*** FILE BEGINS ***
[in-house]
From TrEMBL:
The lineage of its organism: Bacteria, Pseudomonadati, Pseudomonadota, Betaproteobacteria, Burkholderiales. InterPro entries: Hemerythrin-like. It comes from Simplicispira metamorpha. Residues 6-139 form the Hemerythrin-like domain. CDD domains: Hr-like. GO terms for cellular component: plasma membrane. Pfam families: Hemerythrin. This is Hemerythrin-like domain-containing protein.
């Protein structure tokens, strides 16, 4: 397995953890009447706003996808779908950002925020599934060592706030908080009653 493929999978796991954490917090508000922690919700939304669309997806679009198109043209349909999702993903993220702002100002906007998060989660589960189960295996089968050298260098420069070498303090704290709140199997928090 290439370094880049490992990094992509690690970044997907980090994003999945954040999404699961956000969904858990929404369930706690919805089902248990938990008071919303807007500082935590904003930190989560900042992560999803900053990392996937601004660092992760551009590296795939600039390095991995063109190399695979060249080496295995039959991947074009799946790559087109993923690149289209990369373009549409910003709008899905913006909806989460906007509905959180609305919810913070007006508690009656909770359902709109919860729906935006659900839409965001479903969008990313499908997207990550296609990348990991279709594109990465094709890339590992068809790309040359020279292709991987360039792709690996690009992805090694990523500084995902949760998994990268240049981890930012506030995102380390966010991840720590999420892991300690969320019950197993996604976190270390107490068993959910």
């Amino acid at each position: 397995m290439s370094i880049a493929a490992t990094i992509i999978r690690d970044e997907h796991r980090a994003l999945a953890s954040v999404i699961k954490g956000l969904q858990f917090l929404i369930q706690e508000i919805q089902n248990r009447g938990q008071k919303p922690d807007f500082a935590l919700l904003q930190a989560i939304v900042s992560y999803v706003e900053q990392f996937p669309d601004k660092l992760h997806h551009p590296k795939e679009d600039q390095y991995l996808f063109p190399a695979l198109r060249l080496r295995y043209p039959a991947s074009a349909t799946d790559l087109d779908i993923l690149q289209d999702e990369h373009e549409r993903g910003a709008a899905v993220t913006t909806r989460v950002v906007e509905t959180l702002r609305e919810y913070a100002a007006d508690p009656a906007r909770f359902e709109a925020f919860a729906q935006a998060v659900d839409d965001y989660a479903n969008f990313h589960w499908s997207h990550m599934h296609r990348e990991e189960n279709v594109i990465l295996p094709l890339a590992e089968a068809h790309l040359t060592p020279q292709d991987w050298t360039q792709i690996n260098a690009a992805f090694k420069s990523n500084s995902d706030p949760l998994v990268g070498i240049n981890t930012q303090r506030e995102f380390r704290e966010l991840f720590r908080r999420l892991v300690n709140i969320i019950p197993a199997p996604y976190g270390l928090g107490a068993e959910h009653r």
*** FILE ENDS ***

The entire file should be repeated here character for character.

[in-house]
From TrEMBL:
The lineage of its organism: Bacteria, Pseudomonadati, Pseudomonadota, Betaproteobacteria, Burkholderiales. InterPro entries: Hemerythrin-like. It comes from Simplicispira metamorpha. Residues 6-139 form the Hemerythrin-like domain. CDD domains: Hr-like. GO terms for cellular component: plasma membrane. Pfam families: Hemerythrin. This is Hemerythrin-like domain-containing protein.
């Protein structure tokens, strides 16, 4: 397995953890009447706003996808779908950002925020599934060592706030908080009653 493929999978796991954490917090508000922690919700939304669309997806679009198109043209349909999702993903993220702002100002906007998060989660589960189960295996089968050298260098420069070498303090704290709140199997928090 290439370094880049490992990094992509690690970044997907980090994003999945954040999404699961956000969904858990929404369930706690919805089902248990938990008071919303807007500082935590904003930190989560900042992560999803900053990392996937601004660092992760551009590296795939600039390095991995063109190399695979060249080496295995039959991947074009799946790559087109993923690149289209990369373009549409910003709008899905913006909806989460906007509905959180609305919810913070007006508690009656909770359902709109919860729906935006659900839409965001479903969008990313499908997207990550296609990348990991279709594109990465094709890339590992068809790309040359020279292709991987360039792709690996690009992805090694990523500084995902949760998994990268240049981890930012506030995102380390966010991840720590999420892991300690969320019950197993996604976190270390107490068993959910």
């Amino acid at each position: 397995m290439s370094i880049a493929a490992t990094i992509i999978r690690d970044e997907h796991r980090a994003l999945a953890s954040v999404i699961k954490g956000l969904q858990f917090l929404i369930q706690e508000i919805q089902n248990r009447g938990q008071k919303p922690d807007f500082a935590l919700l904003q930190a989560i939304v900042s992560y999803v706003e900053q990392f996937p669309d601004k660092l992760h997806h551009p590296k795939e679009d600039q390095y991995l996808f063109p190399a695979l198109r060249l080496r295995y043209p039959a991947s074009a349909t799946d790559l087109d779908i993923l690149q289209d999702e990369h373009e549409r993903g910003a709008a899905v993220t913006t909806r989460v950002v906007e509905t959180l702002r609305e919810y913070a100002a007006d508690p009656a906007r909770f359902e709109a925020f919860a729906q935006a998060v659900d839409d965001y989660a479903n969008f990313h589960w499908s997207h990550m599934h296609r990348e990991e189960n279709v594109i990465l295996p094709l890339a590992e089968a068809h790309l040359t060592p020279q292709d991987w050298t360039q792709i690996n260098a690009a992805f090694k420069s990523n500084s995902d706030p949760l998994v990268g070498i240049n981890t930012q303090r506030e995102f380390r704290e966010l991840f720590r908080r999420l892991v300690n709140i969320i019950p197993a199997p996604y976190g270390l928090g107490a068993e959910h009653r």